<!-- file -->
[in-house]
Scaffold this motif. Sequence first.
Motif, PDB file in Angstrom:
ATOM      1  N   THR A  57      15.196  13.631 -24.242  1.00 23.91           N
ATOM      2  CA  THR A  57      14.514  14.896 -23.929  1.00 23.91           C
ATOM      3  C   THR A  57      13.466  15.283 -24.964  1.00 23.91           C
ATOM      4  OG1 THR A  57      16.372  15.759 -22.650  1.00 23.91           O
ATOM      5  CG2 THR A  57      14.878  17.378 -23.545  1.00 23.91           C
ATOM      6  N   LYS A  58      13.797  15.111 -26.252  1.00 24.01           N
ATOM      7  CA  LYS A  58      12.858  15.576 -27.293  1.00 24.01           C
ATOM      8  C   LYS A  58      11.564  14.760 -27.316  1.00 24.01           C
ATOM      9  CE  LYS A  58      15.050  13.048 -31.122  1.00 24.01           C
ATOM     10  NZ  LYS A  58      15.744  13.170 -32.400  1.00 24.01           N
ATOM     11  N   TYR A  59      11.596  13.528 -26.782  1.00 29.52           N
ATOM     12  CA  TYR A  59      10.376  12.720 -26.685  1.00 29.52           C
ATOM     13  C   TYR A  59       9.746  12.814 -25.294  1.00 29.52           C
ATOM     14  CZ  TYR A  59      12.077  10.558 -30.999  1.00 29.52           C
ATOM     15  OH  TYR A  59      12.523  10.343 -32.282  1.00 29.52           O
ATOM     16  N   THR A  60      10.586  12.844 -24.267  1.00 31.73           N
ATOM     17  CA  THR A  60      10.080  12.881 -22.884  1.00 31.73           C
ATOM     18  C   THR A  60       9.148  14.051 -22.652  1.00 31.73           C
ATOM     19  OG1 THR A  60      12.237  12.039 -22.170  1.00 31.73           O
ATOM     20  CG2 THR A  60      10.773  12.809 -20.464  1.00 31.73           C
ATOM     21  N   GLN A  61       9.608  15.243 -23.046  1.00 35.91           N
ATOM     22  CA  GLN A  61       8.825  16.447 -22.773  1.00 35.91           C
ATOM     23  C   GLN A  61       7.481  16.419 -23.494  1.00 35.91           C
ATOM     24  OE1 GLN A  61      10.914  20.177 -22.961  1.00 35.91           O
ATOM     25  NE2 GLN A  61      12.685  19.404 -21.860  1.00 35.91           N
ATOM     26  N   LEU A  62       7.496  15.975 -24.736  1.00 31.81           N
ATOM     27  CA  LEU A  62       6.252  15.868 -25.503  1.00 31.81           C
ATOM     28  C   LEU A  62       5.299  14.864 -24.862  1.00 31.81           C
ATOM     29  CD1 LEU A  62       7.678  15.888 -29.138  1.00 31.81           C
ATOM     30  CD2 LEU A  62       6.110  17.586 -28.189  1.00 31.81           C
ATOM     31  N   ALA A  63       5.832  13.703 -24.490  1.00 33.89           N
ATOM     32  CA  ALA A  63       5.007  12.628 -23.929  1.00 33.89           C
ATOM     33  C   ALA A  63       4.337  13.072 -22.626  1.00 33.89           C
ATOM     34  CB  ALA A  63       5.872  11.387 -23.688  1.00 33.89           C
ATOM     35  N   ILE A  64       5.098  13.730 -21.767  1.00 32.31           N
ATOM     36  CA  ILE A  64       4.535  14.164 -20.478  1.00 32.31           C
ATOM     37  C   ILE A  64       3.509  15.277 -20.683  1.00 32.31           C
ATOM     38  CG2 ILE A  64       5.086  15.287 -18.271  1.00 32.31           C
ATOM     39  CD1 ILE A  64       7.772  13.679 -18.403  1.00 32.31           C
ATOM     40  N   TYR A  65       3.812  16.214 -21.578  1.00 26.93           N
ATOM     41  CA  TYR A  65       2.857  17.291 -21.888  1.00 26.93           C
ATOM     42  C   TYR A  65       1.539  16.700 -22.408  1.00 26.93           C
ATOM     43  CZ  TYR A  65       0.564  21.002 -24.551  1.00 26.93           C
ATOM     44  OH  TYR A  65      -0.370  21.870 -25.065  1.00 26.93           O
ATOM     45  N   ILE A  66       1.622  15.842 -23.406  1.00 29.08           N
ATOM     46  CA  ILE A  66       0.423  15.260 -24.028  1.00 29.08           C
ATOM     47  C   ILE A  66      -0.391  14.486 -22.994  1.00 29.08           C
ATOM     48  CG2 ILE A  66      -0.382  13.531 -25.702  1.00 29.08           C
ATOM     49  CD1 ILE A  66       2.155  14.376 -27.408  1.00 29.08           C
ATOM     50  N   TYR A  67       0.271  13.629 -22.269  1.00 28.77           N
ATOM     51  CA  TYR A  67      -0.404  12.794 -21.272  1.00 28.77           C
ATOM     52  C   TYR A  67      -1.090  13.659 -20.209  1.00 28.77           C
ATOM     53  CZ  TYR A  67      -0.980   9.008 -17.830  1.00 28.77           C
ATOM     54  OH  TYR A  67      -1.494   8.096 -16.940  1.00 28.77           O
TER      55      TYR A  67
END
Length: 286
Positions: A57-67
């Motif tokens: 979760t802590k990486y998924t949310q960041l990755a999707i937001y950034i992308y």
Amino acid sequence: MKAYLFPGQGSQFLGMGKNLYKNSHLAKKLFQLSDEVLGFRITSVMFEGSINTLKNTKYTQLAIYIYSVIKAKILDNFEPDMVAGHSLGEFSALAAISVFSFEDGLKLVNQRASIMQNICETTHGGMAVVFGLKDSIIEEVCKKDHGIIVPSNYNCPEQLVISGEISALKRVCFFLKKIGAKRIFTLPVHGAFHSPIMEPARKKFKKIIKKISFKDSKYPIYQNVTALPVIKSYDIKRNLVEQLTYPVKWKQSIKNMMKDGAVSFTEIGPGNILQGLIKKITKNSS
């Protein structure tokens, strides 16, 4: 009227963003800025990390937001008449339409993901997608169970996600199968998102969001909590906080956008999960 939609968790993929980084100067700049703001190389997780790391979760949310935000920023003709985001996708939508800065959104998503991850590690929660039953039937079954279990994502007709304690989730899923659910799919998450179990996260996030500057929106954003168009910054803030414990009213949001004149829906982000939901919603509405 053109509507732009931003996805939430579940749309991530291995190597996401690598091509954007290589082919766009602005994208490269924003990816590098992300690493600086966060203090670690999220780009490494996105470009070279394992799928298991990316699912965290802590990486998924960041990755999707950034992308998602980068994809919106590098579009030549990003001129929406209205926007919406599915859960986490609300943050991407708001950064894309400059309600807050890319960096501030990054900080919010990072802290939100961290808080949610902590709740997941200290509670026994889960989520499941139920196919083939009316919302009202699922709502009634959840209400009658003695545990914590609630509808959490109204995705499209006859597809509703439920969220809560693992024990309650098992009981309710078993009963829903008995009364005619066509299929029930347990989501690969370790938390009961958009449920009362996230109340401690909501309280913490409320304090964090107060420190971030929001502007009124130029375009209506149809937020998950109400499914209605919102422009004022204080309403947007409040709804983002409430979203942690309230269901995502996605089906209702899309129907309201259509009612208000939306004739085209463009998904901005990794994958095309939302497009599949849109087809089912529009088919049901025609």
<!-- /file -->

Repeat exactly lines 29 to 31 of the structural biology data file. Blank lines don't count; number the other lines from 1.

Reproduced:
ATOM     26  N   LEU A  62       7.496  15.975 -24.736  1.00 31.81           N
ATOM     27  CA  LEU A  62       6.252  15.868 -25.503  1.00 31.81           C
ATOM     28  C   LEU A  62       5.299  14.864 -24.862  1.00 31.81           C